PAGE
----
The more time I spend at work, the more [British] words and phrases I learn. Here is a collection (part 1 of many, I hope) of new-to-me words and phrases I have learned while living in England. I have provided the American word(s) that are the equivalent.
AA: the Automobile Association (equivalent to the US version of AAA)
A&E: the accident and emergency department of a hospital (emergency room or ER)
Aggro: aggressive or problematic
Aubergine: a purple vegetable (eggplant)
Bits ‘n bobs: various things; a way of saying “this and that” or “stuff and things”
Blimey: a word used to exclaim surprise (However, I sometimes feel that this is used sarcastically at times.)
Bonnet: the panel on a car that covers the engine (hood)
Boot: the rear storage compartment of a car (trunk).
Bubble and squeak: an English dish with pan-fried leftover vegetables, typically from a roast dinner (or Sunday roast). The main ingredients are usually potatoes and cabbage, but any leftover vegetables are fair game. The dish apparently gets its name because it makes bubbling and squeaking sounds while you’re cooking it.
Bucket loads: a large amount. For example, my co-worker told me, “We have bucket loads of data!”
Bum bag: What Americans call a “fanny pack”
Car hire: car rental
Cheers: a way to say thank you, but it can also be used to say good-bye
Childminder: a person who looks after babies and young children while the parents are working (childcare)
Chips: fried potatoes (steak fries)
Cooker: the kitchen appliance that can be gas or electric used to cook food (stove)
Courgette: the green summer squash (zucchini)
Crisps: thin potato slices that come in a bag (potato chips or chips)
Diary: a book with spaces for each day of the year that one notes appointments or information (Americans would call this a daily organizer or a personal calendar or an agenda book)
Earworm: a piece of music that repeats in a person’s mind, even after it no longer playing (or being sang by your co-worker)
Elephant roll: a roll of paper towels
Fanny: ladies private parts (pro tip: never say fanny pack in the UK)
Footpath: the area adjacent to the street where pedestrians walk (sidewalk)
Fringe: the collective strands of hair that cover all or parts of the forehead (Americans call them bangs)
Full stop: the punctuation mark at the end of most sentences (period)
Gherkin: a pickle made from a cucumber (pickle)
Green fingers: to have talent for being able to grow plants (green thumb)
Half-#: thirty minutes after the hour. For example: The seminar begins at half-nine.
Hire: to rent something
Hob: the heating element on a cooker; what Americans call a burner on the stove.
Jacket potato: a baked potato with the skin still on the potato
Jumper: a sweater
Launderette: a self-service place to do laundry (laundromat)
Learnt: past tense of learn (learned)
Lorry: a large motor vehicle (truck)
Miffed: annoyed or irritated
MOT: (pronounced as the letters, not the word) a annual safety and “roadworthiness” test required for motor vehicles over 3 years old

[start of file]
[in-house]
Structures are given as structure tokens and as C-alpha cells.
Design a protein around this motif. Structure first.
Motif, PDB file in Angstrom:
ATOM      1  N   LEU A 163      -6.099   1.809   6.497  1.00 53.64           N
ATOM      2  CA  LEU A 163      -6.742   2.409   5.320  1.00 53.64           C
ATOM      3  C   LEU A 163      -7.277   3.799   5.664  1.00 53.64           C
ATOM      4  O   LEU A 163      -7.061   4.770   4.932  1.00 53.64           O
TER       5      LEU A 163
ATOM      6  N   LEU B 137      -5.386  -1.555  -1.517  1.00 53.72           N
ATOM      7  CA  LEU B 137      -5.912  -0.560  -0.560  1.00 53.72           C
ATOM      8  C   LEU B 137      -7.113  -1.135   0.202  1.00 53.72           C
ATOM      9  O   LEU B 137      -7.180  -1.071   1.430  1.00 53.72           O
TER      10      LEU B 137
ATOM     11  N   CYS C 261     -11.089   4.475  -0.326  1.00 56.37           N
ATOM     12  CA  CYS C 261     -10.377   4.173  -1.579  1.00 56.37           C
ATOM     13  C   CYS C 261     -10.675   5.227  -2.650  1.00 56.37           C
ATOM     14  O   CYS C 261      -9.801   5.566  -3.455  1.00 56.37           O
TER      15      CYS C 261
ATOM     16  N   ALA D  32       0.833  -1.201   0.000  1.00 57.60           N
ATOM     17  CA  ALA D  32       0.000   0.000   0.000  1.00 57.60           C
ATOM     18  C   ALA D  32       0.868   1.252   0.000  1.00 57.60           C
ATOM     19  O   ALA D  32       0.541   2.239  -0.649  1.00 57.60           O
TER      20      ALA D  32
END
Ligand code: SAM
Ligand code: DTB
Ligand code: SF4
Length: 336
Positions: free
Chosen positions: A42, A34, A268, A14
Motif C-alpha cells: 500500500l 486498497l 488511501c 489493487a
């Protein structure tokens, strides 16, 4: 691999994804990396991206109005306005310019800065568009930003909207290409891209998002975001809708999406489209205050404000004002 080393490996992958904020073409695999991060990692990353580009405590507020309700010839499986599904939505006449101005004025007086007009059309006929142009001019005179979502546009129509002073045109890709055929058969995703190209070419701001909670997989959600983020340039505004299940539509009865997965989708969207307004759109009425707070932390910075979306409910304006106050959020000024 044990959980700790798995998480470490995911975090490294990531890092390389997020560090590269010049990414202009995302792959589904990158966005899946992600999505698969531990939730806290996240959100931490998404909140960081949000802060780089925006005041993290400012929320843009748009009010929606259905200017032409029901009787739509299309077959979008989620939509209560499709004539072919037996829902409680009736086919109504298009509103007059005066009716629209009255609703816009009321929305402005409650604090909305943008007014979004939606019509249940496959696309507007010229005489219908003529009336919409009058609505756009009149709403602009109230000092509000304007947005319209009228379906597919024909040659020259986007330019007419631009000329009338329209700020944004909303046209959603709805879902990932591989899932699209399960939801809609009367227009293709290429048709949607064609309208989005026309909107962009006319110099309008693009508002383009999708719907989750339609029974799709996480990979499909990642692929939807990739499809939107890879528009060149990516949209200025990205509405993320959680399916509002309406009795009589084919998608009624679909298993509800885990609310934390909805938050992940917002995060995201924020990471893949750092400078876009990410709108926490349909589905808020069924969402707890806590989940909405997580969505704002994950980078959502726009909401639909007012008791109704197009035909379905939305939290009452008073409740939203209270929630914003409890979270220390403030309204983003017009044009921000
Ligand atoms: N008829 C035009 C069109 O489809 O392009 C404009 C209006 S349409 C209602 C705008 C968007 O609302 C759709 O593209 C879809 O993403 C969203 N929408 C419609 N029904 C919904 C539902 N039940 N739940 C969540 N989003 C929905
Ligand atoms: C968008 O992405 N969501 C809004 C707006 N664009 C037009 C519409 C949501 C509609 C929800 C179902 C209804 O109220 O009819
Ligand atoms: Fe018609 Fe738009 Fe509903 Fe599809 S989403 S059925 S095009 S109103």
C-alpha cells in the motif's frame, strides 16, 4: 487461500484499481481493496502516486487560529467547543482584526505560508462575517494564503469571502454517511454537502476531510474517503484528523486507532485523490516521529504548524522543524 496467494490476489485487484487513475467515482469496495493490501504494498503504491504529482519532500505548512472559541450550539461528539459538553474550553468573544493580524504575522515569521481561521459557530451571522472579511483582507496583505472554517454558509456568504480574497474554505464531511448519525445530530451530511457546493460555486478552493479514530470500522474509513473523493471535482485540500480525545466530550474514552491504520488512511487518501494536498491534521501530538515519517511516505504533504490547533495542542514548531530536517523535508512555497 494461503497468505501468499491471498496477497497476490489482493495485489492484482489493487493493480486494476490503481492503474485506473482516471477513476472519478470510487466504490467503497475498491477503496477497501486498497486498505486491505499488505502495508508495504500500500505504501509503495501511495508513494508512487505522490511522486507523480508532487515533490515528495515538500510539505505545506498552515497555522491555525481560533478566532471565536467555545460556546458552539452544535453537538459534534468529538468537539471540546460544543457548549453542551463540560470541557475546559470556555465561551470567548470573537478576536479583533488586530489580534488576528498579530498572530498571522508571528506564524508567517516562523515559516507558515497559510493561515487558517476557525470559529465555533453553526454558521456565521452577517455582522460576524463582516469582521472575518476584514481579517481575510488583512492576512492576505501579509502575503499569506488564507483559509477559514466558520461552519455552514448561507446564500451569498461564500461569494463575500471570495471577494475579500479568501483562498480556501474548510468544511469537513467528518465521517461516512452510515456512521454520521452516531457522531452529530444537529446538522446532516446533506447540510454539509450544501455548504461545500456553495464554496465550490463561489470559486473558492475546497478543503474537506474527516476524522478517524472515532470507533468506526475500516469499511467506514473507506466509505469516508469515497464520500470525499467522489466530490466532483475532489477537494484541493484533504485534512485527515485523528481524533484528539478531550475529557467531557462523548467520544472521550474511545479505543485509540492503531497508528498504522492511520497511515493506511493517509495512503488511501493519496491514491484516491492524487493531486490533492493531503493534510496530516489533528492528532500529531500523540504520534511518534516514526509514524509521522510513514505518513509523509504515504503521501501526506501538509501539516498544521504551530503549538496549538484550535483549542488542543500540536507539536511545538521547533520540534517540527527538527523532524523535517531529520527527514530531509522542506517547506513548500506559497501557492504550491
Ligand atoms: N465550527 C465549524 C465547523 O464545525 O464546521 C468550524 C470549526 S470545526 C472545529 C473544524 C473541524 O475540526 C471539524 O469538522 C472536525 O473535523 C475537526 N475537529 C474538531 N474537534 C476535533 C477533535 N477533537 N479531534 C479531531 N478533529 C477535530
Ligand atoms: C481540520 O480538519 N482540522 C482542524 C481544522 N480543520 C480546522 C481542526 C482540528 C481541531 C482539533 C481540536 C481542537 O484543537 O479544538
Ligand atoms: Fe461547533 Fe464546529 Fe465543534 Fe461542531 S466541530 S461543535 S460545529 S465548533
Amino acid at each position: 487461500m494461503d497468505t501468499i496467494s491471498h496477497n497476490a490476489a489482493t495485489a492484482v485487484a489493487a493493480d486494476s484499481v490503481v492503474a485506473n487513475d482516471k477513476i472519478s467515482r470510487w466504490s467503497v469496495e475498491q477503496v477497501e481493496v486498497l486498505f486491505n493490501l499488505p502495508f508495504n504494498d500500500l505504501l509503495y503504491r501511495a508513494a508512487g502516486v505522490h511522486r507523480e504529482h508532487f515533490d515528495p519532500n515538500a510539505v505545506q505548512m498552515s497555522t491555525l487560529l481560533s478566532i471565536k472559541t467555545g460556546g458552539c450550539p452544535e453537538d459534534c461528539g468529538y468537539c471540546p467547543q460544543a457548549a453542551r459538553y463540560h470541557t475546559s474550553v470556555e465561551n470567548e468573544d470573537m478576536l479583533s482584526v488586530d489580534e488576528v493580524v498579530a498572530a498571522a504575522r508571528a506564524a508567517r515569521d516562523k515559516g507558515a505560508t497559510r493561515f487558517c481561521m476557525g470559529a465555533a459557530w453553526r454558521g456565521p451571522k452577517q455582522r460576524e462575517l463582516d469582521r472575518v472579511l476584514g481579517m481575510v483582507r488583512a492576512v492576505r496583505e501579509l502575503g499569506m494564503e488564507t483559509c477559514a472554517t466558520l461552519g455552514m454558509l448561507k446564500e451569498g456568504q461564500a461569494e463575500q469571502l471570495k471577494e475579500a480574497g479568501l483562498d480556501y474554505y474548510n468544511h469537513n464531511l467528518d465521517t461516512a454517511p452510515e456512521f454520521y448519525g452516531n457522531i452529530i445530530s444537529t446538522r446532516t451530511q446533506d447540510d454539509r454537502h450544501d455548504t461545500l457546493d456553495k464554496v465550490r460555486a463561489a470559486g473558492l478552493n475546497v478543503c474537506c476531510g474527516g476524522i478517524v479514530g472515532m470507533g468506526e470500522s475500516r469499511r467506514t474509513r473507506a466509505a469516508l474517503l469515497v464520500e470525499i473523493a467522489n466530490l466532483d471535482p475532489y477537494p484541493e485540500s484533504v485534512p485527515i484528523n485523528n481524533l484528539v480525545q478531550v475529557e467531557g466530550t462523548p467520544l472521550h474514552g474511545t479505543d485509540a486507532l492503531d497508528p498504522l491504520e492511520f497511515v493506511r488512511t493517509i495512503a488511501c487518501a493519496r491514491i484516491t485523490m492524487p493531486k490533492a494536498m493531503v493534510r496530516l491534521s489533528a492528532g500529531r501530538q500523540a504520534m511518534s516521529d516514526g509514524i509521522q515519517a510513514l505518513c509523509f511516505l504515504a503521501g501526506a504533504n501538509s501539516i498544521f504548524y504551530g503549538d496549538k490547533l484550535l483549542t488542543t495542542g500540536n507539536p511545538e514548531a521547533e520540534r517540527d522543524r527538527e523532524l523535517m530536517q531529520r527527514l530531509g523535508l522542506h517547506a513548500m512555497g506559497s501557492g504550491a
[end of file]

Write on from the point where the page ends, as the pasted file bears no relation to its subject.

Motorway: a controlled-access highway that has a very fast speed limit and a high volume of traffic (freeway, interstate)
Nappy: the adsorbent garment for babies (diapers)
National Insurance: required payments made to the UK government from earnings to pay for welfare benefits, such as the NHS (national health service – the healthcare system in the UK) and the pension fund.
Peckish: a little bit hungry
Pelican crossing: pedestrian crosswalk with stop lights controlled by the pedestrians (crosswalk)
Postcode: the alphanumeric code used to identify an address (ZIP Code)
Quid: the informal way of referring to the pound sterling monetary unit. (Note: the plural form remains quid) – similar to referring to the US dollar as a buck.
Rota: a roster of names with a rotation of duties (sometimes referred to as a monitor)
Rubber: a pencil eraser
Rubbish: 1) literally the garbage or 2) something is terrible
Sat Nav: satellite navigation (GPS)
Sellotape: transparent adhesive tape (Scotch tape)
Sleeping policeman: mound in the road used to slow down vehicles (speed bump)
Solicitor: legal representative (lawyer, attorney)
Tinned: canned as in “tinned soup” or “a tin of tomatoes”
Toliet: refers to the room, not the plumbing device (restroom or bathroom) – it can sometimes be referred to as the loo or the water closet, but I’ve mostly seen “toliet”
Toucan crossing: a type of pedestrian crossing that allows pedestrians and cyclists to both cross the street (named because the two can cross together).
Trainers: athletic shoes (sneakers)
Treacle: a thick, refined sugar syrup (molasses)
Uni: short for university
Wellies: short for Wellington boots, which are waterproof rubber boots
Whilst: another way to say “while”
Windscreen: the window part of a car that the driver looks through (windshield)
Zebra crossing: the area of a road with painted stripes, where vehicles are required to stop if a pedestrian is crossing within them. Note: The Beatles Abbey Road album features a zebra crossing. And yes, if you go to the original place to re-create the album cover, the cars are required to stop for you.
Zed: the last letter of the alphabet (in the US, it is pronounced “zee”)